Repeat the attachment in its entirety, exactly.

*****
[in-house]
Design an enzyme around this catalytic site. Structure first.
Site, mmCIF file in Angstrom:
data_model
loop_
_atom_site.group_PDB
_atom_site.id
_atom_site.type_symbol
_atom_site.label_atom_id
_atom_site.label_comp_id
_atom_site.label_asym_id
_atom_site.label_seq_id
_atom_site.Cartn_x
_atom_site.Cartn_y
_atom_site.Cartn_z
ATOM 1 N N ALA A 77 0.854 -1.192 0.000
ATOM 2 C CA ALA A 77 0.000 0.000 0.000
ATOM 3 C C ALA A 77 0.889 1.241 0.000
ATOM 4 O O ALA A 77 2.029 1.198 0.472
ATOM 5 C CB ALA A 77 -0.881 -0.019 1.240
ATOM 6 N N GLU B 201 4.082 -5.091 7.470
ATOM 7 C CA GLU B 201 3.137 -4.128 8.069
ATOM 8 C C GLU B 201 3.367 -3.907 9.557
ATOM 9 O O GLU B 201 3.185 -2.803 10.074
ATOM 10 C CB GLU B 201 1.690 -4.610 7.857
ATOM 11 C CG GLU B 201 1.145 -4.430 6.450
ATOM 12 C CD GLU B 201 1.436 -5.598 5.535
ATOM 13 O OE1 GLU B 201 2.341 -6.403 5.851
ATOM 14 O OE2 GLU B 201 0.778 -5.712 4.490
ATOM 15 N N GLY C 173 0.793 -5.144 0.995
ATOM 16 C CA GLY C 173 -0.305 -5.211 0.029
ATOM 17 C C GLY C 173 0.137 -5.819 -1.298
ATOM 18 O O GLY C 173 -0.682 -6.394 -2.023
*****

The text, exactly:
[in-house]
Design an enzyme around this catalytic site. Structure first.
Site, mmCIF file in Angstrom:
data_model
loop_
_atom_site.group_PDB
_atom_site.id
_atom_site.type_symbol
_atom_site.label_atom_id
_atom_site.label_comp_id
_atom_site.label_asym_id
_atom_site.label_seq_id
_atom_site.Cartn_x
_atom_site.Cartn_y
_atom_site.Cartn_z
ATOM 1 N N ALA A 77 0.854 -1.192 0.000
ATOM 2 C CA ALA A 77 0.000 0.000 0.000
ATOM 3 C C ALA A 77 0.889 1.241 0.000
ATOM 4 O O ALA A 77 2.029 1.198 0.472
ATOM 5 C CB ALA A 77 -0.881 -0.019 1.240
ATOM 6 N N GLU B 201 4.082 -5.091 7.470
ATOM 7 C CA GLU B 201 3.137 -4.128 8.069
ATOM 8 C C GLU B 201 3.367 -3.907 9.557
ATOM 9 O O GLU B 201 3.185 -2.803 10.074
ATOM 10 C CB GLU B 201 1.690 -4.610 7.857
ATOM 11 C CG GLU B 201 1.145 -4.430 6.450
ATOM 12 C CD GLU B 201 1.436 -5.598 5.535
ATOM 13 O OE1 GLU B 201 2.341 -6.403 5.851
ATOM 14 O OE2 GLU B 201 0.778 -5.712 4.490
ATOM 15 N N GLY C 173 0.793 -5.144 0.995
ATOM 16 C CA GLY C 173 -0.305 -5.211 0.029
ATOM 17 C C GLY C 173 0.137 -5.819 -1.298
ATOM 18 O O GLY C 173 -0.682 -6.394 -2.023